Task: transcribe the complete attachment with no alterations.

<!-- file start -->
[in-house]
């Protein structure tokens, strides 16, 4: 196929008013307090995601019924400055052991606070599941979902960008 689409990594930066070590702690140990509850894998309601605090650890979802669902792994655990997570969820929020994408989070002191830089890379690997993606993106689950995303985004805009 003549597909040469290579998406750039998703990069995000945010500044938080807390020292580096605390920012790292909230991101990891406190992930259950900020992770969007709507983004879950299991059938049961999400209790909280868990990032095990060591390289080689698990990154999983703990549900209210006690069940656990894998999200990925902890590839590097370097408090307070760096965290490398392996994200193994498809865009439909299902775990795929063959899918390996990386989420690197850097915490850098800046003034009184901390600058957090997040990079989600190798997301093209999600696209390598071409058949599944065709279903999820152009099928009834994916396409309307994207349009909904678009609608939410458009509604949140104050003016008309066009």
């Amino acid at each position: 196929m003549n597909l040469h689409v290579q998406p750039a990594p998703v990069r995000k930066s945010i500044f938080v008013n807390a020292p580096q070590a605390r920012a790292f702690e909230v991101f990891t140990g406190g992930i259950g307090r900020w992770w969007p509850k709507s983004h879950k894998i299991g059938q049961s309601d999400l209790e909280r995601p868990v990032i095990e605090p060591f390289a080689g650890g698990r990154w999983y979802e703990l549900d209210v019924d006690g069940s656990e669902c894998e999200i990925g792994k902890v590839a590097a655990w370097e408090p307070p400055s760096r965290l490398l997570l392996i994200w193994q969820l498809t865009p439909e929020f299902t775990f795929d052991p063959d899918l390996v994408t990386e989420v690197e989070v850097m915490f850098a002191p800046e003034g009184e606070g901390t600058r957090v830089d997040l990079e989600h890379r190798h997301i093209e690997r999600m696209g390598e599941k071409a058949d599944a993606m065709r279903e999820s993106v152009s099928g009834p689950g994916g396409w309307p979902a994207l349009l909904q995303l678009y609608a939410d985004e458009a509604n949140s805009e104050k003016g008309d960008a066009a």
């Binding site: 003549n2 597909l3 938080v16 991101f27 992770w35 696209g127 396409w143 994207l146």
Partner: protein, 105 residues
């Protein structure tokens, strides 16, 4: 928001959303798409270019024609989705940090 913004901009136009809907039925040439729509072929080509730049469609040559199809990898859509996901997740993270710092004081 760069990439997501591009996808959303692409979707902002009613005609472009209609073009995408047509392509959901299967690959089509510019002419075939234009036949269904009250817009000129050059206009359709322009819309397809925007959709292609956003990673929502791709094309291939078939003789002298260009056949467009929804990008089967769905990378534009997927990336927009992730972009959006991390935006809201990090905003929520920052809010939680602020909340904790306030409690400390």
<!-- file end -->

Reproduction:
[in-house]
């Protein structure tokens, strides 16, 4: 196929008013307090995601019924400055052991606070599941979902960008 689409990594930066070590702690140990509850894998309601605090650890979802669902792994655990997570969820929020994408989070002191830089890379690997993606993106689950995303985004805009 003549597909040469290579998406750039998703990069995000945010500044938080807390020292580096605390920012790292909230991101990891406190992930259950900020992770969007709507983004879950299991059938049961999400209790909280868990990032095990060591390289080689698990990154999983703990549900209210006690069940656990894998999200990925902890590839590097370097408090307070760096965290490398392996994200193994498809865009439909299902775990795929063959899918390996990386989420690197850097915490850098800046003034009184901390600058957090997040990079989600190798997301093209999600696209390598071409058949599944065709279903999820152009099928009834994916396409309307994207349009909904678009609608939410458009509604949140104050003016008309066009």
């Amino acid at each position: 196929m003549n597909l040469h689409v290579q998406p750039a990594p998703v990069r995000k930066s945010i500044f938080v008013n807390a020292p580096q070590a605390r920012a790292f702690e909230v991101f990891t140990g406190g992930i259950g307090r900020w992770w969007p509850k709507s983004h879950k894998i299991g059938q049961s309601d999400l209790e909280r995601p868990v990032i095990e605090p060591f390289a080689g650890g698990r990154w999983y979802e703990l549900d209210v019924d006690g069940s656990e669902c894998e999200i990925g792994k902890v590839a590097a655990w370097e408090p307070p400055s760096r965290l490398l997570l392996i994200w193994q969820l498809t865009p439909e929020f299902t775990f795929d052991p063959d899918l390996v994408t990386e989420v690197e989070v850097m915490f850098a002191p800046e003034g009184e606070g901390t600058r957090v830089d997040l990079e989600h890379r190798h997301i093209e690997r999600m696209g390598e599941k071409a058949d599944a993606m065709r279903e999820s993106v152009s099928g009834p689950g994916g396409w309307p979902a994207l349009l909904q995303l678009y609608a939410d985004e458009a509604n949140s805009e104050k003016g008309d960008a066009a």
């Binding site: 003549n2 597909l3 938080v16 991101f27 992770w35 696209g127 396409w143 994207l146």
Partner: protein, 105 residues
């Protein structure tokens, strides 16, 4: 928001959303798409270019024609989705940090 913004901009136009809907039925040439729509072929080509730049469609040559199809990898859509996901997740993270710092004081 760069990439997501591009996808959303692409979707902002009613005609472009209609073009995408047509392509959901299967690959089509510019002419075939234009036949269904009250817009000129050059206009359709322009819309397809925007959709292609956003990673929502791709094309291939078939003789002298260009056949467009929804990008089967769905990378534009997927990336927009992730972009959006991390935006809201990090905003929520920052809010939680602020909340904790306030409690400390």